Submission deadline: 24 September 2021
Publication: March/April 2022
Nowadays, misinformation spreads more rapidly and more broadly than reliable information does, creating an “info-demic.” This has a serious impact globally. Though the main originators may be malicious entities exploiting social media, “fake news,” and conspiracy-theory generators, it is ourselves and our own network of people that propagate misinformation and fake content simply by sharing them often without assessing their validity.
How can we address this challenging problem facing society by leveraging technology and information hygiene practices? How can IT and AI assist people in assessing correctness, validity, and trustworthiness of a piece of information prior to sharing it? How can users be supported in adopting good habits of information hygiene? Researchers, the social-media industry, and government agencies are addressing these questions. Initiatives such as EUNOMIA, which promotes trusting over liking, and other EU projects on misinformation under the H2020 framework and similar programs in other countries highlight the seriousness of the problem and the need to address them soon, before it becomes a devastating problem.
This special issue of IT Professional seeks to present an overview of the problems and showcase recent developments that address them and applications of IT to support humans in the fight against misinformation. We invite articles that present recent advances, perspectives, and use cases in this area. Topics of interest include, but are not limited to, the following:
- Information trustworthiness, trust, and reputation models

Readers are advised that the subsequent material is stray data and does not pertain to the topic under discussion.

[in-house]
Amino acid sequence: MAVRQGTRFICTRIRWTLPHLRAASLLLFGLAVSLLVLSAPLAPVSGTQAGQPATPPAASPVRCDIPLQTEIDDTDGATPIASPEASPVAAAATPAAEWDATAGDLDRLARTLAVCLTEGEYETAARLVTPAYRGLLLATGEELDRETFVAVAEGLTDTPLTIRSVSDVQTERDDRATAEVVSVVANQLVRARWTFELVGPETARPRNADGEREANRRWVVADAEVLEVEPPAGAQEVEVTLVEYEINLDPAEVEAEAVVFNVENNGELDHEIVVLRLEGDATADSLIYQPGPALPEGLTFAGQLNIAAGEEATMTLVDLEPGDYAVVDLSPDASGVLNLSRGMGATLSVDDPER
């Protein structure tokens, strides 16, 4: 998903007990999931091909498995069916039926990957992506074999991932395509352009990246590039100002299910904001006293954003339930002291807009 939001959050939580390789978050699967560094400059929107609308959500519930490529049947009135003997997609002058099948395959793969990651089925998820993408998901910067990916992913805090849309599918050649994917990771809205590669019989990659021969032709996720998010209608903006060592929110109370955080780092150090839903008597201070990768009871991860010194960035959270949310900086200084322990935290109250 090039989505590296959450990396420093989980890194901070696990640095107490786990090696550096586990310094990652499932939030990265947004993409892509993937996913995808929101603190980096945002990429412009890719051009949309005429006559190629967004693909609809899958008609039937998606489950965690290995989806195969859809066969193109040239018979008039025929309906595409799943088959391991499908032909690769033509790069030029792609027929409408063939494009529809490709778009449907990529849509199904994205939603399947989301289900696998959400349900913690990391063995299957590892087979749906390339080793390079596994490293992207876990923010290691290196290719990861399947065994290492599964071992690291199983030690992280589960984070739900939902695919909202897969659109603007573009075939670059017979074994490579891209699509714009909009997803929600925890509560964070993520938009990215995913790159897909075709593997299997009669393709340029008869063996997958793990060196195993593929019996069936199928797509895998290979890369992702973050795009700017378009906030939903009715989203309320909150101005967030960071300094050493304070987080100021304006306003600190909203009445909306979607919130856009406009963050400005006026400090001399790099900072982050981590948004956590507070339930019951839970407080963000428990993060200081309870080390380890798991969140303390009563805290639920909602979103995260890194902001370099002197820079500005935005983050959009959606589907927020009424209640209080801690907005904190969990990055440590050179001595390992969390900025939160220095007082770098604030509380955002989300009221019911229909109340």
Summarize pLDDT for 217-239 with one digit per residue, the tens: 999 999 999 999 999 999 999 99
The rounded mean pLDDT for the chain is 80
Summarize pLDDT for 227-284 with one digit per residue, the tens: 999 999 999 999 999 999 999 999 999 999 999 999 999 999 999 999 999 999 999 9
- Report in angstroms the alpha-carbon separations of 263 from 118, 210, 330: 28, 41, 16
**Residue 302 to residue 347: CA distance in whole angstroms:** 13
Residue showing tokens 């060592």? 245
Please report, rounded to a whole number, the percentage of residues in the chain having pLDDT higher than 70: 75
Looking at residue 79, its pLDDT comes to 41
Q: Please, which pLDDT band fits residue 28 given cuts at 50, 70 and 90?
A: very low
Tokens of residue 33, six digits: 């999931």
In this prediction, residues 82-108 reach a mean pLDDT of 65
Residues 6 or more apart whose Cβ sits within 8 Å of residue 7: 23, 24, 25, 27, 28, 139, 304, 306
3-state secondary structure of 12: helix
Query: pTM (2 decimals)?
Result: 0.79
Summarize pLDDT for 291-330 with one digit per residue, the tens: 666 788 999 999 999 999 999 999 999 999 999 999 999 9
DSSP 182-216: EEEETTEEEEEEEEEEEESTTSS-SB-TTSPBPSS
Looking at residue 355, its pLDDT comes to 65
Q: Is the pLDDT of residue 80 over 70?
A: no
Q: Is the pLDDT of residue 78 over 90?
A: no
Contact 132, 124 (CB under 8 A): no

- Online misinformation diffusion models and diffusion prediction and prevention
- Information hygiene practices and “social-media information” literacy
- AI and machine-learning approaches to identify and filter misinformation and prevent its propagation
- Detection of deepfakes – fake image, audio, or video
- Crowdsourcing approaches to fighting misinformation
- Impacts of misinformation, fake news, and deception
- Information provenance in social media and the Internet
- Digital nudging for information hygiene
- The role of regulatory policy in lieu of self-policing
- Examination of the economic – for-profit – models that contribute to the info-demic
- “Best practices” for managing mis- and disinformation across the globe
- Role of individuals, industry, regulatory bodies, and government
Only submissions that describe previously unpublished, original, state-of-the-art research and that are not currently under review by a conference or another journal will be considered. Extended versions of conference papers must be at least 30 percent different from the original conference works.
Feature articles should be no longer than 4,200 words and have no more than 20 references (with tables and figures counting as 300 words each). For author guidelines, see our peer review information page. All manuscripts must be submitted to ScholarOne Manuscripts (https://mc.manuscriptcentral.com/itpro-cs) by the deadline in order to be considered. Submissions are subject to peer review on both technical merit and relevance to IT Pro’s readership. Articles should be understandable by a broad audience of computer science and engineering professionals, avoiding unnecessary theory, mathematics, jargon, or abstract concepts. Figures and tables should be placed in the appropriate location within the template, ideally in files that are 300 dpi or higher using the dimensions defined in the document template.
Please direct any correspondence before submission to the guest editors at email@example.com.
- George Loukas, University of Greenwich, London, UK
- Stephen J. Andriole, The Villanova School of Business, Villanova University, USA
- San Murugesan, BRITE Professional Services and Western Sydney University, Australia